In my attempt to use this unfortunate global shake-up to try out some new platforms for engaging with my audience, I’ve done the following in the past few days: 1 Facebook Live, 2 video conference presentations, and 3 webinars (which were also live streamed on Facebook).
As many of us make the quick transition from in-person engagement to working remotely, I thought I’d share some observations and tips from these experiences. Whether you’re making big, formal presentations or simply speaking on group calls, here are five lessons:
1. There is a difference between a webinar and a video conference. Webinars are generally frontal occasions geared toward lectures for larger audiences, while video conferences are more conducive to conversations. There are pros and cons to both. Webinars lend more control to the organizer (imagine not needing to shush or mute people every few minutes!) but video conferences allow for a higher level of engagement with the audience.
2. Set expectations at the beginning. If you want people to interact and not just watch, let people know what’s expected of them. No one likes surprises and if they think they’ll be watching passively in their PJs and are then put into a breakout room (more on that below), there’s a chance they’ll X out of the screen and not come back. On webinars, people are more likely to respond to polls than type in answers via chat or Q&A. On video conference, they’re more likely to jump in when invited.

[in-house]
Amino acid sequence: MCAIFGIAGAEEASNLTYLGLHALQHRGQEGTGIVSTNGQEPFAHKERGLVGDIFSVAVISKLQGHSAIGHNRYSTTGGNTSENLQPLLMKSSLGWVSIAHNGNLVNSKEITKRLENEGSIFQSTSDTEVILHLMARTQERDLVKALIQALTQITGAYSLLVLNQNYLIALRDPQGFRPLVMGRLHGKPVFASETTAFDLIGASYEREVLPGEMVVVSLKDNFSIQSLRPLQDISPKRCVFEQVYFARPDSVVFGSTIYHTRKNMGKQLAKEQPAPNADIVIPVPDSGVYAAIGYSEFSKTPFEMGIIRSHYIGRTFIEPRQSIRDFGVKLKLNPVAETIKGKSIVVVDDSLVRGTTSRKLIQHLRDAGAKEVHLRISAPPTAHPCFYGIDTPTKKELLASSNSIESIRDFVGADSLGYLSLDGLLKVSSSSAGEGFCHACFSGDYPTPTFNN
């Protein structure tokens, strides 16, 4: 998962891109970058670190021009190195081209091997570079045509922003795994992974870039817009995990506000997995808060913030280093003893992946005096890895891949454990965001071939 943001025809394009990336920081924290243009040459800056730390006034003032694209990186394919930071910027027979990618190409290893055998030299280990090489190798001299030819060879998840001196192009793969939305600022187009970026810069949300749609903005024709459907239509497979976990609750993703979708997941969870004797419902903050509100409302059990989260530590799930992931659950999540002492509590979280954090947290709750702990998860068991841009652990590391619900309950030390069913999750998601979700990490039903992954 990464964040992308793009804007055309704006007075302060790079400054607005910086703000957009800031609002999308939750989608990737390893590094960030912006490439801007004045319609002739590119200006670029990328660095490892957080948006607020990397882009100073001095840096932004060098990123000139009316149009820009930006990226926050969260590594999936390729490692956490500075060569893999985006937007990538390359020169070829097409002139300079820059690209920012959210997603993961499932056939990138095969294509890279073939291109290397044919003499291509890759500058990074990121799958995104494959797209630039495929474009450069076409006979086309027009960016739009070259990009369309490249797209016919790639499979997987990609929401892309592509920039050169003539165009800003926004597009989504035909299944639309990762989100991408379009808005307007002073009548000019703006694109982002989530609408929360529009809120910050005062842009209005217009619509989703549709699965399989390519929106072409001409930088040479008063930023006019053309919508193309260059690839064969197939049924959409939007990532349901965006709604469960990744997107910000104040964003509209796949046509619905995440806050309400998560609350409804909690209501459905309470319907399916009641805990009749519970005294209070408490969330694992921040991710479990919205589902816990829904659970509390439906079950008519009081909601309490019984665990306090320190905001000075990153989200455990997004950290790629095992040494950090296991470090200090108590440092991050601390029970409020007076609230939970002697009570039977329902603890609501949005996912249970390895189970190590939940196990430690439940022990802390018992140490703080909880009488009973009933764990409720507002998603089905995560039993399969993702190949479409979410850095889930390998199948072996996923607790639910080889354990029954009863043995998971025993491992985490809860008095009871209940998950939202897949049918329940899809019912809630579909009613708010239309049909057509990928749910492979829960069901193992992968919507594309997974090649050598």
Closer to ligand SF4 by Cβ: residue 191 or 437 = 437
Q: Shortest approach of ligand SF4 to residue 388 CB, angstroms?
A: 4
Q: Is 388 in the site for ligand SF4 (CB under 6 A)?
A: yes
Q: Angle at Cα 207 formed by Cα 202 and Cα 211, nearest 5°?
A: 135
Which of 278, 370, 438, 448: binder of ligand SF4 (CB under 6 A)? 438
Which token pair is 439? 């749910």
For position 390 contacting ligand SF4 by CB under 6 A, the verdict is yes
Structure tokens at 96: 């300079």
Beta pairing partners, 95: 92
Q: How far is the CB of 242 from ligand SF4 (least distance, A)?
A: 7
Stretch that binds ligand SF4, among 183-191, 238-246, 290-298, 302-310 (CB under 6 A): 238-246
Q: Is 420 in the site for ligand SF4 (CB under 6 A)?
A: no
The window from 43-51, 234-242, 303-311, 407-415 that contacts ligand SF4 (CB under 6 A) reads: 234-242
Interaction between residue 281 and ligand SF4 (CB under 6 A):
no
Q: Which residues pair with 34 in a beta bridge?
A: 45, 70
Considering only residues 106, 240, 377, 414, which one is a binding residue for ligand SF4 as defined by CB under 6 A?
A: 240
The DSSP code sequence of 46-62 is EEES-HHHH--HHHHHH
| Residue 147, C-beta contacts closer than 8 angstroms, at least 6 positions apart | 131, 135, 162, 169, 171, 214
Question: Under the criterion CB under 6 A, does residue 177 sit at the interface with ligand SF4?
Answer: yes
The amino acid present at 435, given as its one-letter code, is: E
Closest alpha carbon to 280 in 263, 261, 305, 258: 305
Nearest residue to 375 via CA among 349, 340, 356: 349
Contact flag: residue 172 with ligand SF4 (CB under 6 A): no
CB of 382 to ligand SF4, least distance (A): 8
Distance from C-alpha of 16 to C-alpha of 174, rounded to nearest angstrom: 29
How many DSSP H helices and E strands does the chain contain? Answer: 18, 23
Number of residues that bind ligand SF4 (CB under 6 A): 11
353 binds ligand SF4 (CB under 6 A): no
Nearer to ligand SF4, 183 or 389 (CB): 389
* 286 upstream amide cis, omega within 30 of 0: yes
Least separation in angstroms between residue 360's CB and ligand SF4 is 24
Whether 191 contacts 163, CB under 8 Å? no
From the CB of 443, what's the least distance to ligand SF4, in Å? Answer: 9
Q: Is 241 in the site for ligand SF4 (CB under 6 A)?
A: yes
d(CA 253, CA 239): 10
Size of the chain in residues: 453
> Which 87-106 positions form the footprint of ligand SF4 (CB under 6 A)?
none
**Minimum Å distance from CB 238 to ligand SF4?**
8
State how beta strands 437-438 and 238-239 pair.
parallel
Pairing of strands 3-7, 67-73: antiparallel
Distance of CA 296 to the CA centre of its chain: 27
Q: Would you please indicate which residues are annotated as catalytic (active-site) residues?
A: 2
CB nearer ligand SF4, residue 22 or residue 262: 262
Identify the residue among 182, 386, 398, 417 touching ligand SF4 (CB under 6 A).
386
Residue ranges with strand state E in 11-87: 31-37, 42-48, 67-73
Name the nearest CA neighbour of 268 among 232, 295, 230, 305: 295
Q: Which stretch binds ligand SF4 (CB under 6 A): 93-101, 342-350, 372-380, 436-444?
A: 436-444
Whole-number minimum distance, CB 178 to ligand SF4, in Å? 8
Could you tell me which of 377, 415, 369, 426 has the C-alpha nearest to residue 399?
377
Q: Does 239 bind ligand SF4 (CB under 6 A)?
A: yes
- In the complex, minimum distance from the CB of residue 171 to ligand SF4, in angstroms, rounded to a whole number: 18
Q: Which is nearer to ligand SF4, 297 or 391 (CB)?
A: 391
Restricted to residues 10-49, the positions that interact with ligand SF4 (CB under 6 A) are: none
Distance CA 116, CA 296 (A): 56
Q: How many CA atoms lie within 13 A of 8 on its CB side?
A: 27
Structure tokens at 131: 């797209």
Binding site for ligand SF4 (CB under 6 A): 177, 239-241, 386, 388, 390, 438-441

3. If you’re live streaming, up your entertainment game. Presenting by live stream on Facebook is like speaking from a soapbox on a crowded street. People are strolling (or scrolling) by and some may only stay for a few seconds or minutes if they’re not entertained. Based on feedback I’ve gotten, I’m going to get into the habit of stopping every few minutes to welcome newcomers (thanks for the tip, Rachel) and catch them up on what they missed.
4. What’s on screen matters a lot. One thing that’s occurred to me while reviewing the last week-ish of presentations is that it’s time to rethink my slide deck design. If someone is scrolling by on Facebook and only sees my tiny face in the corner of the slide, will it be intriguing enough to make them click to see what’s going on? For the FemJLM talk, I redid my presentation on Canva and will keep tweaking it. I’d love your thoughts on how it looked.
5. Breakout rooms! In one of the talks I gave, I played around with breakout rooms so that there could be discussion in smaller groups. It was fabulous – the most interactive session of them all, by far. If you don’t know this option exists on Zoom, now you do. You can divide your participants up randomly by size or assign them to specific groups.
If you were signed in for any of my six sessions, I’d love your thoughts and feedback. Likewise, if you’ve watched (or given) other sessions this week and have tips to share, comment below! It’s always important to me to continue improving and for us to share our wisdom with one another.